• Robertson’s Compendious Hebrew Dictionary Corrected and Improved by Nahum Joseph, Teacher of Hebrew, (Richard Cruttwell, Bath, 1814). Inscribed “Charlotte Rothschild, London, November 1818, bound May 19, given by Charlotte to her brother Lionel, written by Nat.” [This inscription would suggest that it was given by Nathan's daughter Charlotte (1807-1859) to her brother Lionel (1808-1879) in 1818, when Charlotte was 11 and Lionel 10, the inscription being written by their brother Nathaniel (1812-1870) when he was 6]. (000/375/1/8)
  • Hebrew prayer book for the Jewish high holidays. (000/375/1/9)
  • Rituel des Prières Journalières, a l’usage des Israélites. Traduit de l’Hébreu par J[oel]. Anspach. 5580 [1820] (000/375/1/10)

Nathan Mayer Rothschild, library collections, Hebrew texts and printed books, c.1825-1836

000/376, 1 box

A small collection of printed books, including some Hebrew texts believed to have belonged to Nathan Mayer Rothschild, marked 'NMR'. Nathan Rothschild's copies of four books of the Pentateuch: four volumes, comprising Genesis, Exodus, Numbers and Deuteronomy and bearing the bookplate of N M Rothschild. The copy of Genesis, bound in red leather, was issued by Lion Soesmans of Duke Street, Aldgate, corrected and translated by David Levi. The bookplate, pasted inside the cover, reads 'N.M. Rothschild Esqr.' The other three volumes, also in Hebrew and English and bound in green, are perhaps the edition of 1789 produced by David Levi. The volumes are absent from the 1835 'Catalogue of the books belonging to the principal library of Baron N M de Rothschild' (000/162); this catalogue describes books at Gunnersbury Park, so it may be that the volumes here were kept at New Court.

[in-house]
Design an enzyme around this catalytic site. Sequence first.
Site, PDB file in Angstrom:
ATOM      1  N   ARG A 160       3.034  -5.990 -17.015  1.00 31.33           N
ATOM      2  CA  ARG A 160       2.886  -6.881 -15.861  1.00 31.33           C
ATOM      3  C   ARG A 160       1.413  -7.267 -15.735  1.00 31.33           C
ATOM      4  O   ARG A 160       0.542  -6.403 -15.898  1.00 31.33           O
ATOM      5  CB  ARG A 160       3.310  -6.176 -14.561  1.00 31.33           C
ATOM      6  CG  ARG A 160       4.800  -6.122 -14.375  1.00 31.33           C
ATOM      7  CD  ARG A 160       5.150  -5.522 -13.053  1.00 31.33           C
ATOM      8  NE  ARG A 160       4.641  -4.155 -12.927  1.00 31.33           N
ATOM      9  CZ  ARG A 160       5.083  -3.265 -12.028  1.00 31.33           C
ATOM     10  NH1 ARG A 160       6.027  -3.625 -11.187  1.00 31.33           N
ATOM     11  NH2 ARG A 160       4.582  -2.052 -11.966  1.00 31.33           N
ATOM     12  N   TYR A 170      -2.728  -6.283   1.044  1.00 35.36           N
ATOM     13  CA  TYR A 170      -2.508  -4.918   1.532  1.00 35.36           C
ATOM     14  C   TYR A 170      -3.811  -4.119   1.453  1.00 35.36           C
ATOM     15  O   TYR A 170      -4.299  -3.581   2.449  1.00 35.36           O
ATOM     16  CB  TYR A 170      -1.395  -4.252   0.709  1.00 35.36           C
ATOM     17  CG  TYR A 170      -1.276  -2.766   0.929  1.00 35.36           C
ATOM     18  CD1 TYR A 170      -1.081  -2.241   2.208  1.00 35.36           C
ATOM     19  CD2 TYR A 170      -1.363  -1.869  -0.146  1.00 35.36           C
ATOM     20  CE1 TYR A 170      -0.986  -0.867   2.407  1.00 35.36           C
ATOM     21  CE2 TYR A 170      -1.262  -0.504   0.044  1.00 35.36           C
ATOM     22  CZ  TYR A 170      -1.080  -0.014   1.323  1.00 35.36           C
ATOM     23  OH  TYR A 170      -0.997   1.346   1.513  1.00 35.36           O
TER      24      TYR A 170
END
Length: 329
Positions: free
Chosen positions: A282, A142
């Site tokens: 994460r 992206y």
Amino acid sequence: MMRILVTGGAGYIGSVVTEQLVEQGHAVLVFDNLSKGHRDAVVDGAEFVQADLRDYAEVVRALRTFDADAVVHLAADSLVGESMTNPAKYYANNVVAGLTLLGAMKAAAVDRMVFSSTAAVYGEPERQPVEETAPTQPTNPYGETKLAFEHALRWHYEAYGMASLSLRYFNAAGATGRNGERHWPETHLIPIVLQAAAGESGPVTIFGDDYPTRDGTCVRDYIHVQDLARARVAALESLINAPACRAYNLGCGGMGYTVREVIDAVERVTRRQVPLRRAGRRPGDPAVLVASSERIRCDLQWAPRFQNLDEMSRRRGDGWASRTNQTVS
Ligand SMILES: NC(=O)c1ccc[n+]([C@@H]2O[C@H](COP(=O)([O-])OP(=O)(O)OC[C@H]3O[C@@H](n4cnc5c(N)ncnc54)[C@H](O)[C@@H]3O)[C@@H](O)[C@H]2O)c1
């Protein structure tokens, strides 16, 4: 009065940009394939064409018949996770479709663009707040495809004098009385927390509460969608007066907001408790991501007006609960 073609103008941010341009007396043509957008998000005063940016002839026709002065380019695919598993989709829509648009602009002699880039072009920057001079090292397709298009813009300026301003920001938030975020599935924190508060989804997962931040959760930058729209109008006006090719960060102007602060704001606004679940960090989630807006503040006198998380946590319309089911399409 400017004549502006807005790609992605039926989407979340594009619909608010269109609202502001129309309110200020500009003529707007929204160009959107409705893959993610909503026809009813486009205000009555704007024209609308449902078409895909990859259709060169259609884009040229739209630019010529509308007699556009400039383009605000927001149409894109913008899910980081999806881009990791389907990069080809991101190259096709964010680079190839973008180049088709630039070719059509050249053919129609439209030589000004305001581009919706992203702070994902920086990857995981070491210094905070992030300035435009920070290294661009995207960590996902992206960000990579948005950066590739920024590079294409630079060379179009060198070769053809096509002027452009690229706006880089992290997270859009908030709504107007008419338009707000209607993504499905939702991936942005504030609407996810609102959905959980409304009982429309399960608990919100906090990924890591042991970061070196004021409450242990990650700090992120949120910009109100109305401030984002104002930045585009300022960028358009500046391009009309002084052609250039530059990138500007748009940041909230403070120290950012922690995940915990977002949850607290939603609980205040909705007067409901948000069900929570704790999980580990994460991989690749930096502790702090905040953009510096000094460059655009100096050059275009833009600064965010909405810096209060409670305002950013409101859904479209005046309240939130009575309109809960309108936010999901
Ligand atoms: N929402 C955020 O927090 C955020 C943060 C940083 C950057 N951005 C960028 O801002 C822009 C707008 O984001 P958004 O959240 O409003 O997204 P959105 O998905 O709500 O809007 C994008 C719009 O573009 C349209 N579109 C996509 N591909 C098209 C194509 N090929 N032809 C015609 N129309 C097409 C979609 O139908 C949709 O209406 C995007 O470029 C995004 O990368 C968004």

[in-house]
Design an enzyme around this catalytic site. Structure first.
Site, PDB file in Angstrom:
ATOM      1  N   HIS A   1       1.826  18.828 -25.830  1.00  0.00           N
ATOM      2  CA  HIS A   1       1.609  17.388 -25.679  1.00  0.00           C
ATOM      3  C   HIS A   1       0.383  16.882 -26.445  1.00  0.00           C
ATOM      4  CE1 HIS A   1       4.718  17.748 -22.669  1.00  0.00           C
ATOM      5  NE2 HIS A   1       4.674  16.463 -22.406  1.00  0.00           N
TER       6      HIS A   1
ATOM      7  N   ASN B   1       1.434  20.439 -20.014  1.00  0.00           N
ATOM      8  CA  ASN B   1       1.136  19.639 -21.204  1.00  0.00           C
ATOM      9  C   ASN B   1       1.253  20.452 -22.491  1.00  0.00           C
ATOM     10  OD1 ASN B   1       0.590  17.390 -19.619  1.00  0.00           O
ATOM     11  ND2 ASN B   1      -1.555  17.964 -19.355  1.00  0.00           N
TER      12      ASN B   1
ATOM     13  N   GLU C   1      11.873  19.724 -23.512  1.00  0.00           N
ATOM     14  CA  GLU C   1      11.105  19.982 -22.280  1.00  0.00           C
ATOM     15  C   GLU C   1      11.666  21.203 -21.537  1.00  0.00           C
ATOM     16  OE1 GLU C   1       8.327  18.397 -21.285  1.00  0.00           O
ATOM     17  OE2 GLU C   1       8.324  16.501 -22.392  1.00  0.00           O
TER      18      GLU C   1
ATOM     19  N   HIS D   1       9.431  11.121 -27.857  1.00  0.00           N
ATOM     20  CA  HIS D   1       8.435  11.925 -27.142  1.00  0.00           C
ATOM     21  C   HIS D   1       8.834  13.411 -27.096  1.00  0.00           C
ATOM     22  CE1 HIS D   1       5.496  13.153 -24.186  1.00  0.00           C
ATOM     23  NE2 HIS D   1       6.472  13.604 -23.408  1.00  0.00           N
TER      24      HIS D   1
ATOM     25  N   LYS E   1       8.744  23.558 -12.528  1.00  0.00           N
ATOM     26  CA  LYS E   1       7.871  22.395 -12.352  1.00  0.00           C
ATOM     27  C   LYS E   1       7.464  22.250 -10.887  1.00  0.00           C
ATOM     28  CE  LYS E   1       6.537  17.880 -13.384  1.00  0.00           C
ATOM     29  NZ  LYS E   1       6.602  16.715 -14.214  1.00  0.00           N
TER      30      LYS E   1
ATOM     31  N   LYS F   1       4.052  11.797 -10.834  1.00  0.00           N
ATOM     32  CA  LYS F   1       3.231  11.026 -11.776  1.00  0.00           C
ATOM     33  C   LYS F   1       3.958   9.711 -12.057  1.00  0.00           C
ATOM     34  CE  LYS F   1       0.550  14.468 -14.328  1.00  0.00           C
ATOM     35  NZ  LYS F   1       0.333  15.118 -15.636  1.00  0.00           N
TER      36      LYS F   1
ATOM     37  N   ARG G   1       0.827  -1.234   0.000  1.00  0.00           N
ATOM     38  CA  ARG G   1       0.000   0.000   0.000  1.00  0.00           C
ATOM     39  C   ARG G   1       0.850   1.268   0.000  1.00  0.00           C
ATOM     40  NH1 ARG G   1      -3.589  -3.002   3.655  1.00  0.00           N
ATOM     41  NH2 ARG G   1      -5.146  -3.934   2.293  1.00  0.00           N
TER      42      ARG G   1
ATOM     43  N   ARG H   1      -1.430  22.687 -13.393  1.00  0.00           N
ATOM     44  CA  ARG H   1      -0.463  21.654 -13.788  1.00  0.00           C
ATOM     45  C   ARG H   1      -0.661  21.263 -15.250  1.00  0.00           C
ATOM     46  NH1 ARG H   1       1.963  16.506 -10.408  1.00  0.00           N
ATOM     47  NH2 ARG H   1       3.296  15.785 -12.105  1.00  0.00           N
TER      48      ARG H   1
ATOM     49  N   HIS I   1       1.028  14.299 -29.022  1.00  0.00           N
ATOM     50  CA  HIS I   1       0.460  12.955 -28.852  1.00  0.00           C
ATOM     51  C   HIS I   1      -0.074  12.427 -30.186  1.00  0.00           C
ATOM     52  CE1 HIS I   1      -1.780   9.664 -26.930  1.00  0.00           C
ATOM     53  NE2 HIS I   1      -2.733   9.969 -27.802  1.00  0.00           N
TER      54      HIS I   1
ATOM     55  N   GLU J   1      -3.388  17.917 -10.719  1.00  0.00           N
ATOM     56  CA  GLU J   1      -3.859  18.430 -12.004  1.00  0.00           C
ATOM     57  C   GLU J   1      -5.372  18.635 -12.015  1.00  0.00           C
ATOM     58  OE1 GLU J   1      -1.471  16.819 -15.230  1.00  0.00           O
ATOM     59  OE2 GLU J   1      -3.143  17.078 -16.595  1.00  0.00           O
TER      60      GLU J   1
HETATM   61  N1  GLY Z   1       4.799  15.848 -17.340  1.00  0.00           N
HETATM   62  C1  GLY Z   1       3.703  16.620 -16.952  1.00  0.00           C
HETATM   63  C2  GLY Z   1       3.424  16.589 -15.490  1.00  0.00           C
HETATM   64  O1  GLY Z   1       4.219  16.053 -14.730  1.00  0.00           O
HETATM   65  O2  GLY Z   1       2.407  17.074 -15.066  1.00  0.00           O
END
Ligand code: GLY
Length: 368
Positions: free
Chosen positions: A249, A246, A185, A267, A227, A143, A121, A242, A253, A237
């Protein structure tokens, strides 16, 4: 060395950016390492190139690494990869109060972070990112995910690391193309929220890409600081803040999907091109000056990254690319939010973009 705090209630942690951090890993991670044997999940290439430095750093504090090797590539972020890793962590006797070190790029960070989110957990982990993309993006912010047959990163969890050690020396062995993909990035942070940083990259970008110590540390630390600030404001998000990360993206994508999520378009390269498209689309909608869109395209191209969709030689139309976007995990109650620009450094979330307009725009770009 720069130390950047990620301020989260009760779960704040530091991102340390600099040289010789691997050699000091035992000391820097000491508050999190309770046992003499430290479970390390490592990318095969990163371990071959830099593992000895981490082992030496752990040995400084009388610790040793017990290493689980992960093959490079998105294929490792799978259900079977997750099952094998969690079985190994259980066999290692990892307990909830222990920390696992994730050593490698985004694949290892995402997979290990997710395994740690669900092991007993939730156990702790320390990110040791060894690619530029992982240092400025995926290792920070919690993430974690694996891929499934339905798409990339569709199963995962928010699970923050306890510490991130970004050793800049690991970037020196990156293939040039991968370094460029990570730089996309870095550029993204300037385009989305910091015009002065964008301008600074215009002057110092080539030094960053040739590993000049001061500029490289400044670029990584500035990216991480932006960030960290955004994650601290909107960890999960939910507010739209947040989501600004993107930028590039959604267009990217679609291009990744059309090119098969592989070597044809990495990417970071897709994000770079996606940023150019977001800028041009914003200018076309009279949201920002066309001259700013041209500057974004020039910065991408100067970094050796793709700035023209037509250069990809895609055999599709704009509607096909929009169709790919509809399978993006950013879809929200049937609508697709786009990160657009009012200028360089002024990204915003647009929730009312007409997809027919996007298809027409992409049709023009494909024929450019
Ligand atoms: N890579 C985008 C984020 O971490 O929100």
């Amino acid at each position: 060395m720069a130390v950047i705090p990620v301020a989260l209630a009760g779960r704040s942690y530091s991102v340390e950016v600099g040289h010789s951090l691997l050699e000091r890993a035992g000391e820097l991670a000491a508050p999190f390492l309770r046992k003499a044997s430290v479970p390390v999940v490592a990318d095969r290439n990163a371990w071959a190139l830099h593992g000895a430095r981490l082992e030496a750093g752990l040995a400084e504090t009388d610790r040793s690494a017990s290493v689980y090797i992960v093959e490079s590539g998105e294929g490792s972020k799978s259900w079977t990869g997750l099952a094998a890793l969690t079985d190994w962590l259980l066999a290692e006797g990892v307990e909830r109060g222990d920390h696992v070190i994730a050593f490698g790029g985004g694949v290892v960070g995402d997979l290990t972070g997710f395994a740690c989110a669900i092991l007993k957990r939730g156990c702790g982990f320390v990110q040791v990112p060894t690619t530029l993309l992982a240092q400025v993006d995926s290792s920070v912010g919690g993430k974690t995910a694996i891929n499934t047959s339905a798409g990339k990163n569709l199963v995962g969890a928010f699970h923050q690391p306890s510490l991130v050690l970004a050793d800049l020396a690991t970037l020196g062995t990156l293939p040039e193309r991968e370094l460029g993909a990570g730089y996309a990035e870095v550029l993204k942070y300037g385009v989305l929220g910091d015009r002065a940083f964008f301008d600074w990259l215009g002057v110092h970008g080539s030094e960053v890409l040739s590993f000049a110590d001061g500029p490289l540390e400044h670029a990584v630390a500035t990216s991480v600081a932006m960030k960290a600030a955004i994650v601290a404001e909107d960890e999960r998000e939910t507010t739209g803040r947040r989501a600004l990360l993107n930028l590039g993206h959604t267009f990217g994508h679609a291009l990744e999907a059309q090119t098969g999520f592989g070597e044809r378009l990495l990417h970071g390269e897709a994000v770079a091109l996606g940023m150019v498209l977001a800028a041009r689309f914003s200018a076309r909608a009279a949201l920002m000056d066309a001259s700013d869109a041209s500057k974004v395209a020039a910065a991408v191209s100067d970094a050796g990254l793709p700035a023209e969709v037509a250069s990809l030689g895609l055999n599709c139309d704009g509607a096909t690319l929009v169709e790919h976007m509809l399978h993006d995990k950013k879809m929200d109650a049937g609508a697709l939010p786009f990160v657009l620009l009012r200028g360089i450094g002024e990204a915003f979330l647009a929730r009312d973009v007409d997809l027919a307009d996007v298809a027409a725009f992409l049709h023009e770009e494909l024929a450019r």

Nathan Mayer Rothschild, library collections, Hymn for the funeral of King George III, 1820

000/375/6, 1 item

Printed and bound copy of a dirge and hymn chanted in the Great Synagogue, St James Place, Aldgate on the day of the funeral of King George III, by Harman Harwitz of Highgate (printed on silk), 1820. 

Nathan Mayer Rothschild, wedding invitation, 1806

000/87/13, 1 file

Invitation to wedding of Nathan Mayer Rothschild (1777-1836) to Hannah Cohen (1783-1850) addressed to Michael Bing Nathan married Hannah in Frankfurt in 1806. It is possible that Michael Bing, a close associate or the Rothschild family in Frankfurt, Manchester and London, married into the Sichel family, already related to the Rothschilds since the marriage or Nathan's sister, Isabella, to Bernhard Judah Sichel.These papers were transferred to the Archive from the New Court vaults. It is likely that these papers were sent to New Court when the Frankfurt business was liquidated in 1901. Note: a transcript in English, c.1889 is included in this file. A manuscript copy of this invitation was sent from G.F. Sichel from Paris in 1889 to Lucien Wolf in London, who was planning a comprehensive history of the Rothschild amily. A framed modern version of this invitation (RAL 000/2610), in the style of a ketubah was produced for the 1998 Museum of London exhibition 'The Life and Times of N M Rothschild 1777-1836'. See exhibition catalogue, p.92. 

Nathan Mayer Rothschild, elegy on the death of N M Rothschild, 1836

000/376/8, 1 volume

Elegy on the death of N M Rothschild, Dr Benjamin Franklin, 1836. The general verses of mourning are interspersed with specific references to the circumstances of Nathan's life and death, explained in footnotes. His altendance at the wedding of his eldest son is noted,"the nuptial mirth must yield to grief and woe" as is his desire to be buried in London. Franklin makes particular reference to the Jews' Free School and the Jews' Hospital as recipients of Nathan's charily. Nothing is known of Franklin, though he may be equated with a Jewish merchant of that name, bom in Manchester in 1811 and specialising in Jamaican trade, who died in 1837.

Nathan Mayer Rothschild, obituary, 1837

000/2441, 1 item

Printed Biography and Obituary of Nathan Meyer [sic] Rothschild, Esq, 1837, in a paper cover.